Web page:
If you find an injured wild animal, watch it first to see how badly hurt it is. Then if you think it necessary you should preferably take it to a nearby vet. It’s often faster to take an animal to a vet yourself as our nearest volunteer collection driver may be out of the area attending other calls and it may take us some time to arrive.
If you have a hedgehog in your garden, then consider yourself very lucky! If you’d like to keep him or her there then follow these simple tips to make your garden safer and more attractive to these friendly creatures:
Very tidy gardens are NOT friendly places for hedgehogs. If you leave a small corner behind or under bushes where leaves and other garden debris accumulates, a log pile with space inside hedgehogs will be attracted and inclined to stay. If this area is literally a sheltered corner in the fencing it may also serve as a good place of a hibernacula, a nesting place for the winter.
Supplement their normal share of slugs, snails, beetles, worms; caterpillars etc. with regular snacks of good quality tinned cat or dog food (Not fish flavour as this upsets their stomachs). This will encourage them to stay. Please do NOT feed them bread and milk – this will only upset their stomachs. In the winter leave food out whenever you see evidence of hedgehog activity in the garden.
Water is also essential, especially in extremes of temperatures, but it can also be a hazard if you have a pool or pond with a long drop to the water’s surface and smooth lined sides. Suitably placed stones near the edge will help the situation (and incidentally frogs, newts and toads too!). Alternatively, a piece of small mesh chicken wire anchored in the earth and trained down the side of the pool will act as a climbing net.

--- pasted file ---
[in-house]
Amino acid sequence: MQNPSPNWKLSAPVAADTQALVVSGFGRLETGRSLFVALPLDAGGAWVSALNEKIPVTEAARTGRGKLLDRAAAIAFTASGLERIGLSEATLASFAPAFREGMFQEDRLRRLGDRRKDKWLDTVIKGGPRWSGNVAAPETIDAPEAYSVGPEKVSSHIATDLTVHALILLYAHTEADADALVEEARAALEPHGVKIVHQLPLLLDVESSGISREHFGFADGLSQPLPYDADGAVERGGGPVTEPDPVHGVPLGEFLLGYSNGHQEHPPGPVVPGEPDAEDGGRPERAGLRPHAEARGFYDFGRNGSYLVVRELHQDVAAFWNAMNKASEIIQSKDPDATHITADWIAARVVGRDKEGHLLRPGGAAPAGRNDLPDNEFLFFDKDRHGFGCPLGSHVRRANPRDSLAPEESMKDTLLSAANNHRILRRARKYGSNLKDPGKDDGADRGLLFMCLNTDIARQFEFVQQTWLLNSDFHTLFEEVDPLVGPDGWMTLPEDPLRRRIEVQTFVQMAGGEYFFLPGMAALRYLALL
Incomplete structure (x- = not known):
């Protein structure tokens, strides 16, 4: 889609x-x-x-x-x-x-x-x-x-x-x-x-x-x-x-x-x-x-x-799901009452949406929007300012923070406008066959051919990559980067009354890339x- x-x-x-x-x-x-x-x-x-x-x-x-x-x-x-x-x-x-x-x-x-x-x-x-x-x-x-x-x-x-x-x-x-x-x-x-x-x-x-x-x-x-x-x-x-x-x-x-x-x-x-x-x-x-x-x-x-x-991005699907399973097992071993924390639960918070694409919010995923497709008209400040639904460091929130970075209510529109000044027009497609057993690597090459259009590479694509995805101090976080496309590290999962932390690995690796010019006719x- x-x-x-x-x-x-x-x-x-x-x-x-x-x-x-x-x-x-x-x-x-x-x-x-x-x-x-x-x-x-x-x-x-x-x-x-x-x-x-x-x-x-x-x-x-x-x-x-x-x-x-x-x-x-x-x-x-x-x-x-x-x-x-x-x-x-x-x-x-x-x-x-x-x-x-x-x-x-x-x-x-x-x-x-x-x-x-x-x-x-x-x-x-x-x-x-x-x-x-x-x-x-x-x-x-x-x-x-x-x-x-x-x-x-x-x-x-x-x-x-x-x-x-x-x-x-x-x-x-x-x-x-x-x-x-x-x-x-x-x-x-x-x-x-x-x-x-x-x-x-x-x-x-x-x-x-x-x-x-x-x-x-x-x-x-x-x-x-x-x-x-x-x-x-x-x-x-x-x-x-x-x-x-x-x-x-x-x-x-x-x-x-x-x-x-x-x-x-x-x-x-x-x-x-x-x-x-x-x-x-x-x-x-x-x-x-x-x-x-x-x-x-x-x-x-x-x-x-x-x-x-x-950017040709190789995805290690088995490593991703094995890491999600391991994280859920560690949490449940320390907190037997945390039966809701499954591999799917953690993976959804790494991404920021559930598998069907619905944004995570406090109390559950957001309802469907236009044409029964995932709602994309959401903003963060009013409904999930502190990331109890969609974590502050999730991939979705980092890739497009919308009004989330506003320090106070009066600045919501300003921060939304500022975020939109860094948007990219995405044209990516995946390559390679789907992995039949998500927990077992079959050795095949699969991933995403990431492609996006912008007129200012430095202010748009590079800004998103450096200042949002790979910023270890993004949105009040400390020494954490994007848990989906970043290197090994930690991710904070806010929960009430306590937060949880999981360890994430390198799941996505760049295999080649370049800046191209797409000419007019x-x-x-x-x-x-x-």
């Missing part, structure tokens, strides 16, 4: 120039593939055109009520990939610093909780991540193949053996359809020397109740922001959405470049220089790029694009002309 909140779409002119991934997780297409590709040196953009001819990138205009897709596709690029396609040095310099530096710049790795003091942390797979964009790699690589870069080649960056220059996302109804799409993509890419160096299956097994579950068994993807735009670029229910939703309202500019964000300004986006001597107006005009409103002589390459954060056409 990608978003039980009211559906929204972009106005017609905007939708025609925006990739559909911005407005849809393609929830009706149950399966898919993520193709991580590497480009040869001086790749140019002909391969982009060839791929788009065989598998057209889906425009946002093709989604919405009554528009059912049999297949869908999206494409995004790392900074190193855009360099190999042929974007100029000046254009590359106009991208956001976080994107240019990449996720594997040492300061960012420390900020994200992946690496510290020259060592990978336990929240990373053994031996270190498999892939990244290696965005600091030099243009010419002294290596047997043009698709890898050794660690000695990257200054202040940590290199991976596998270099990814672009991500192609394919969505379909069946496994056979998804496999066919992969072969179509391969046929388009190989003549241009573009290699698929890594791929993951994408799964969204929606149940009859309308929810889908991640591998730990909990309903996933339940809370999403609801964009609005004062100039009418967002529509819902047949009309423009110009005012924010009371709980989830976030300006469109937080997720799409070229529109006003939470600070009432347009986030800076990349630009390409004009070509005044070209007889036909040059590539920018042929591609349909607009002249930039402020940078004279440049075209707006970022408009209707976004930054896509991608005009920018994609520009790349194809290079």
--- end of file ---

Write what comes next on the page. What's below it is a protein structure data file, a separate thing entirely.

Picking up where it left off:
Other hazards to hedgehogs are
- Pesticides – This includes slug pellets! Whilst hedgehogs will not eat the pellet they will be poisoned by eating slugs that have. There are alternative methods of slug control and a resident hedgehog is one of them!
- Fires – Piled up leaves and cuttings make attractive homes for hedgehogs and therefore burning these piles poses a problem for the hedgehogs. To avoid causing issues for resident hedgehogs, move the piles right before you want to burn them.
- Mowing and strimming – Getting into those odd corners with the strimmer can do more than cut the grass. Long grass in protected places is a favourite place for hedgehog families to spend the daylight hours.
- Netting – Nets for fruit, tennis, football etc. can trap hedgehogs very easily. If you have to use netting, check it daily at least.
- Household rubbish – Cans, yoghurt containers, plastic cups etc and the plastic rings from packs of cans can get trapped over hedgehogs’ heads! Part of their success in evolution is that they are opportunists and omnivorous eaters. Their inquisitiveness means they will literally stick their noses into anything that might provide a meal! Open containers of oil, paint or other hazardous substances are also a problem.
In more rural areas, cattle grids are also a hazard if they are too deep for hedgehogs to climb out of. A simple ramp of bricks or stones (possible with a piece of wood) in one corner is a simple solution to this problem.